In the case where the feed openings are formed by individual feed waveguides MV1-MV5, electrical control of the resulting antenna lobe may be accomplished in the transverse direction of the waveguides in a conventional way by connecting phase-shifting microwave components to each feed waveguide. The phase of the microwave signals fed to the antenna element V1 via waveguide M1 may be the reference phase (0 example, The field to the element V2 is then phase shifted an angle of 45 field to the element V3 is phase shifted in the same way by an angle of 90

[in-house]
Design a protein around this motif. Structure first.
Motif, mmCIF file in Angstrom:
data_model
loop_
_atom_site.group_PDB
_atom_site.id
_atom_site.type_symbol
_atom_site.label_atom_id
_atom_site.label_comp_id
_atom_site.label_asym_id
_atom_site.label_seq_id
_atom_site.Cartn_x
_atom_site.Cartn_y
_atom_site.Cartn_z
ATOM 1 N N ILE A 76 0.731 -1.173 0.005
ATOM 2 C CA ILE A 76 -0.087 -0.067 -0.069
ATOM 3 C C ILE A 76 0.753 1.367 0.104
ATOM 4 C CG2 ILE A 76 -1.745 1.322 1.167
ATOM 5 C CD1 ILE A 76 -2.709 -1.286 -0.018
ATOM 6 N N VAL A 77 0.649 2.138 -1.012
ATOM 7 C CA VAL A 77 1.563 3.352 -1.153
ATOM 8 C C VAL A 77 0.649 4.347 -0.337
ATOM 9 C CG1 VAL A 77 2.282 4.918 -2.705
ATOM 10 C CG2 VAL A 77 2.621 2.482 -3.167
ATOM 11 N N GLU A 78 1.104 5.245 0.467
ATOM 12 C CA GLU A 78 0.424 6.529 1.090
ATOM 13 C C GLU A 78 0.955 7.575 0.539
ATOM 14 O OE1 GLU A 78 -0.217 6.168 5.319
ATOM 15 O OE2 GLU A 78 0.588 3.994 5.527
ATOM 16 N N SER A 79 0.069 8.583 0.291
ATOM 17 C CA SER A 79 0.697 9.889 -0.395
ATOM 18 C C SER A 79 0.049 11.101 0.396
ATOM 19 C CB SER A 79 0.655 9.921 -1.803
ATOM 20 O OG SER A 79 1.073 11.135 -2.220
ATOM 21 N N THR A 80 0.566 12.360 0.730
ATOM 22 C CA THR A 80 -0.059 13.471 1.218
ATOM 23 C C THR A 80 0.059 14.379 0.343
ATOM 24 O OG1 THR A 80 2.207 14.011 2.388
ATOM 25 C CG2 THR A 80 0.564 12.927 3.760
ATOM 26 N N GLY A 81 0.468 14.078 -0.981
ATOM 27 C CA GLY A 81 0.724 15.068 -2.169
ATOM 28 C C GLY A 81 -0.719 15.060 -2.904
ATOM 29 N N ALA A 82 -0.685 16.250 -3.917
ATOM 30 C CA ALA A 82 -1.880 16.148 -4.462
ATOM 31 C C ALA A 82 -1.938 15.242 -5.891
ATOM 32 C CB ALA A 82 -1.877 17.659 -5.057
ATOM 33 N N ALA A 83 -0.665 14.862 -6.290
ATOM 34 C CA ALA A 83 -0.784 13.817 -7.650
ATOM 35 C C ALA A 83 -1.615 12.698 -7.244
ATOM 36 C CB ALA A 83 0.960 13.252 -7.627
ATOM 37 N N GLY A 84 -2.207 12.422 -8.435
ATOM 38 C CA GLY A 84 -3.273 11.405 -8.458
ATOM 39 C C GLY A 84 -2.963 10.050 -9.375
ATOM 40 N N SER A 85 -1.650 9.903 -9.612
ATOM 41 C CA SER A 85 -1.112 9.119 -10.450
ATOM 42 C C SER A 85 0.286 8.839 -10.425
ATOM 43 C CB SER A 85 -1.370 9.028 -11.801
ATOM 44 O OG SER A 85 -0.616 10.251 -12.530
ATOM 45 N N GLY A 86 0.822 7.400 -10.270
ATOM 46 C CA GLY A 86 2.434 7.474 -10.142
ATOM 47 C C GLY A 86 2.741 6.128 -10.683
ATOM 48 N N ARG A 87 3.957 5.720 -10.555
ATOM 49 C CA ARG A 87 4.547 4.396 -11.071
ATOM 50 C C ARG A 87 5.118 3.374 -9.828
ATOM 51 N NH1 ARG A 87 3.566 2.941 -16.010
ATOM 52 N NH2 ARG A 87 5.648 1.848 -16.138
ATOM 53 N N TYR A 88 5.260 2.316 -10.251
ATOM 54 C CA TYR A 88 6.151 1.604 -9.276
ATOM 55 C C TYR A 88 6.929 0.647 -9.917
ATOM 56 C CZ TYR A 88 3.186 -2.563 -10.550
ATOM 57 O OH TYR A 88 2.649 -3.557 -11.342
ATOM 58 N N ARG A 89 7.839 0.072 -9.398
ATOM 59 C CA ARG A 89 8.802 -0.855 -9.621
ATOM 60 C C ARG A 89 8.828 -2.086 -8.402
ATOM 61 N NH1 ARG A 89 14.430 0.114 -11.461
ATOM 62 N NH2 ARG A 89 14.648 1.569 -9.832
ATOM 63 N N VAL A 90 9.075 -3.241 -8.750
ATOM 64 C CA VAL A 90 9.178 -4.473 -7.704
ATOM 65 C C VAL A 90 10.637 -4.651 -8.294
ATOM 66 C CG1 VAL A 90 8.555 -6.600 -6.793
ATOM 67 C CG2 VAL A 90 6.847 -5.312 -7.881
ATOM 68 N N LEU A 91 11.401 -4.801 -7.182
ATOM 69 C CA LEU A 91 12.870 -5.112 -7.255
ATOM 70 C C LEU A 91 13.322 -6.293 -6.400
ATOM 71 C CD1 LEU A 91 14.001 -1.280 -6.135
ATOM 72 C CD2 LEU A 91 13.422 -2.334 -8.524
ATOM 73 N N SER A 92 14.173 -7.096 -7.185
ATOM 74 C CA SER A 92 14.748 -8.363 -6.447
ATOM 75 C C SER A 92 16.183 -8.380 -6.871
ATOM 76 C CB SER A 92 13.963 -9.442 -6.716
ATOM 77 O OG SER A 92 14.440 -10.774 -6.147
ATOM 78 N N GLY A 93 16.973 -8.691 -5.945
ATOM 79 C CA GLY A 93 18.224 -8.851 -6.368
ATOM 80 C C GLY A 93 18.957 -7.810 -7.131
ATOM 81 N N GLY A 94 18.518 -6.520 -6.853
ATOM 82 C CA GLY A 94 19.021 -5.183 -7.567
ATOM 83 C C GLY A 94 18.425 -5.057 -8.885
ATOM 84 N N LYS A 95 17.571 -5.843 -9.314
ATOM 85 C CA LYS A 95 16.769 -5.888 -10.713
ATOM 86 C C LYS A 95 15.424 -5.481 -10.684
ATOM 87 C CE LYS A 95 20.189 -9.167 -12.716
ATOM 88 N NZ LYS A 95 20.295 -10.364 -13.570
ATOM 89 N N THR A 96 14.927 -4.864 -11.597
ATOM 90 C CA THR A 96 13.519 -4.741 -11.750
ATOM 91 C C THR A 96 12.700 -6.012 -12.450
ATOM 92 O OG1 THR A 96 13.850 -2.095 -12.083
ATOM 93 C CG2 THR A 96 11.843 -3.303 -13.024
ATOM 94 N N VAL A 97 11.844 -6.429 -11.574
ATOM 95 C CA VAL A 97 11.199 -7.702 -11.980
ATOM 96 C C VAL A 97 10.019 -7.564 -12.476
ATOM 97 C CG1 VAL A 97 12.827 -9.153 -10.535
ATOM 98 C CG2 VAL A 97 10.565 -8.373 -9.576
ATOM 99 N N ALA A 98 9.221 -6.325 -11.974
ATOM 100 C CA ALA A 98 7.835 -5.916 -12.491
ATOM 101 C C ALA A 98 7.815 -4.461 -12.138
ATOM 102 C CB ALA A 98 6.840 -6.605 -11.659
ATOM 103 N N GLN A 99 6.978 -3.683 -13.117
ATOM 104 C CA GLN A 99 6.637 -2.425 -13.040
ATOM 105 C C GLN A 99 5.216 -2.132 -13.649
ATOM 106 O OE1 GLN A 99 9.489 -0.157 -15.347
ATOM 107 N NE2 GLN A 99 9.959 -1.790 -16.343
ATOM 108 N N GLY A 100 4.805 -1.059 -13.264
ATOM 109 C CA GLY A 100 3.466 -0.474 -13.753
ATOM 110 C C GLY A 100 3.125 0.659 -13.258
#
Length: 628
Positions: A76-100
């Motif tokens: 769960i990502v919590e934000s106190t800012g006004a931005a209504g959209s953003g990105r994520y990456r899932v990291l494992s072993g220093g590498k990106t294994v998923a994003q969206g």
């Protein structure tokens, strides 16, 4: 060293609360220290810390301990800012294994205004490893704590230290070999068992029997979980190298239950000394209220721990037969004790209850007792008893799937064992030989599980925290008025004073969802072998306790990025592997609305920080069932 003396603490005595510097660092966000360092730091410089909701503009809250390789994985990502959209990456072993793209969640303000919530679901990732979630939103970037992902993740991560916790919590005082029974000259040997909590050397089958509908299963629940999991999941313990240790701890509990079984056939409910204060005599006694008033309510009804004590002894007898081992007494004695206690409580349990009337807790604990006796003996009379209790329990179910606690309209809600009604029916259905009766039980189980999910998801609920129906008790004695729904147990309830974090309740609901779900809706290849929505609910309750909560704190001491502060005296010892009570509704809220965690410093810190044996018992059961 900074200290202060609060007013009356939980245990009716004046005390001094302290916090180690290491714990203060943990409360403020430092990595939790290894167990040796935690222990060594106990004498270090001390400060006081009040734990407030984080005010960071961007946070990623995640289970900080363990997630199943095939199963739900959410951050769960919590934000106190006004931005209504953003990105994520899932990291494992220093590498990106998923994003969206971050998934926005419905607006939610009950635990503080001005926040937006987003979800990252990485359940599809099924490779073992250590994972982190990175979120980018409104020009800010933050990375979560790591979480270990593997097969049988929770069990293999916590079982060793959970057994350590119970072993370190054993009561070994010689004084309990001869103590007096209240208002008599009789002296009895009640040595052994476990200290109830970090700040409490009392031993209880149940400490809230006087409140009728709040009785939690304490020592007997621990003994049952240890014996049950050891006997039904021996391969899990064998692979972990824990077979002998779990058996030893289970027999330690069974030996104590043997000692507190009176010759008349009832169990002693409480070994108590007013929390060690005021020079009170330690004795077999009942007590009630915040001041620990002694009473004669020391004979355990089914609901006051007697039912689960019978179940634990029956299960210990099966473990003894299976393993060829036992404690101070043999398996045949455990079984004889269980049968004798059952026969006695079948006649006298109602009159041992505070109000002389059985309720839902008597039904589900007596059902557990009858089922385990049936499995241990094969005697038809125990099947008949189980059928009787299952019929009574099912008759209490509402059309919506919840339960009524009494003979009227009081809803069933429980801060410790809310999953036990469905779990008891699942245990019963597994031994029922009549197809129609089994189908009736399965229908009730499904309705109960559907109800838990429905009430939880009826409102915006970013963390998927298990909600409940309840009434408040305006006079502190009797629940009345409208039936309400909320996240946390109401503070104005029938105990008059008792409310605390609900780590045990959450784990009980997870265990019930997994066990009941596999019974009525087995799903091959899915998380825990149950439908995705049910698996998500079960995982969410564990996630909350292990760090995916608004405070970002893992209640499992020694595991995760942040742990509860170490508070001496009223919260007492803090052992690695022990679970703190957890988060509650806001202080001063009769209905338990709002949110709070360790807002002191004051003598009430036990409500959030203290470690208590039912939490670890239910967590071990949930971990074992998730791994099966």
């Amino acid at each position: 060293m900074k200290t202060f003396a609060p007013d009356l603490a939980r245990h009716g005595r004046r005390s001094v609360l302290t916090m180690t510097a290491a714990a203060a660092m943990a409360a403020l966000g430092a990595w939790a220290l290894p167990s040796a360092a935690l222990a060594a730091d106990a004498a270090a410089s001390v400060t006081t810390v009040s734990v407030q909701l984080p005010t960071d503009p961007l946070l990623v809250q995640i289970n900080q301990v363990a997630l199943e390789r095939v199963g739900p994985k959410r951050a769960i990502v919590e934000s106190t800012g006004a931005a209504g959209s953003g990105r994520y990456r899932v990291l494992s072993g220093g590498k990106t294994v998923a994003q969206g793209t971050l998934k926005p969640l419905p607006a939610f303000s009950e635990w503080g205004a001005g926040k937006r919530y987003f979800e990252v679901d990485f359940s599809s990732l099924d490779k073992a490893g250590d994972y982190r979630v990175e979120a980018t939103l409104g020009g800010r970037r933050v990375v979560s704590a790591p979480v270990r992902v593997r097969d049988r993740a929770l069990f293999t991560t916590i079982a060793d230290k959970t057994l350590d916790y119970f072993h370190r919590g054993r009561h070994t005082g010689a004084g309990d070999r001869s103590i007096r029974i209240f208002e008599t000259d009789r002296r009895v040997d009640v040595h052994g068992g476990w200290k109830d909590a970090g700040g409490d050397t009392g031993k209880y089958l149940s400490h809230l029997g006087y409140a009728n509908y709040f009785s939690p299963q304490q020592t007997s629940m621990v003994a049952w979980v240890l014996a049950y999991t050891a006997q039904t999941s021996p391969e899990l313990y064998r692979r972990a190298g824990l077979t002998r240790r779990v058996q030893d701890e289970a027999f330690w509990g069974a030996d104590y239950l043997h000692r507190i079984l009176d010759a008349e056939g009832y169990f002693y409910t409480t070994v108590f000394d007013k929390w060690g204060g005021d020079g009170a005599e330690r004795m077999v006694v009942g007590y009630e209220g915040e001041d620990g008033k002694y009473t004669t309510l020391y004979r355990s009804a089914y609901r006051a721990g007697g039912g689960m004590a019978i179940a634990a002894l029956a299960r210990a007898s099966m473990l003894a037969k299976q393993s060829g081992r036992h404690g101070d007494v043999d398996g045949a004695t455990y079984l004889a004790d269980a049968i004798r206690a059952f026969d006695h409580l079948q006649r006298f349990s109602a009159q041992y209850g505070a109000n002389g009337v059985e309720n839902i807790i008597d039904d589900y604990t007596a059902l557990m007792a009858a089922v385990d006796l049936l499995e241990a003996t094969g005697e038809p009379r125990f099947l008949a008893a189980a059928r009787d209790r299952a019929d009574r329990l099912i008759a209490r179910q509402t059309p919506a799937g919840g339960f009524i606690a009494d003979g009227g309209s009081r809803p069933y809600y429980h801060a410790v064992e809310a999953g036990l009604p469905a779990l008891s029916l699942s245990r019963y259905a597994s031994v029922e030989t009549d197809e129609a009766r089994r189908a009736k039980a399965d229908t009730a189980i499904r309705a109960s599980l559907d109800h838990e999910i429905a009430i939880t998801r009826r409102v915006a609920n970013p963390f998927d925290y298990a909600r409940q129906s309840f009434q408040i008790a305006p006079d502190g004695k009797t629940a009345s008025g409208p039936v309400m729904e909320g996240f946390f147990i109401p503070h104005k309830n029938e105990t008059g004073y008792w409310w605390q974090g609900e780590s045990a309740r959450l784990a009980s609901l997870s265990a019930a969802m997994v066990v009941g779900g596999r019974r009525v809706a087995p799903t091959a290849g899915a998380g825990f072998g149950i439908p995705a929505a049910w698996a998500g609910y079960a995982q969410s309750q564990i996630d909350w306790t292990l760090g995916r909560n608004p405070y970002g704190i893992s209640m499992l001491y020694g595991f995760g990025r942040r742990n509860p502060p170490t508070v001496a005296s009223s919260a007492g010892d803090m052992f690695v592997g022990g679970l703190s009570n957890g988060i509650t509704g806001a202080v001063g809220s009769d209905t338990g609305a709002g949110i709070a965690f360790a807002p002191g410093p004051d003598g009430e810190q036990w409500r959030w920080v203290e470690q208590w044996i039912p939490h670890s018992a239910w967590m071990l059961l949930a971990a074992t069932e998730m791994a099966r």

FIG. 8 is the schematic radiation diagram for the breadth of the antenna array according to FIG. 7. When they are fed with signals having a given phase relationship according to the above, the individual antenna elements V1-V5 give rise to a lobe, e.g. the lobe h.sub.1. If the phase relationship is changed, the lobes h.sub.2 -h.sub.5, or some other optional lobe direction, can be achieved. With the aid of the proposed antenna element an electrically controlled antenna may thus be obtained, which gives a main lobe which does not change with the frequency within the band used, e.g. 500 MHz for X band signals and has good side lobe suppression.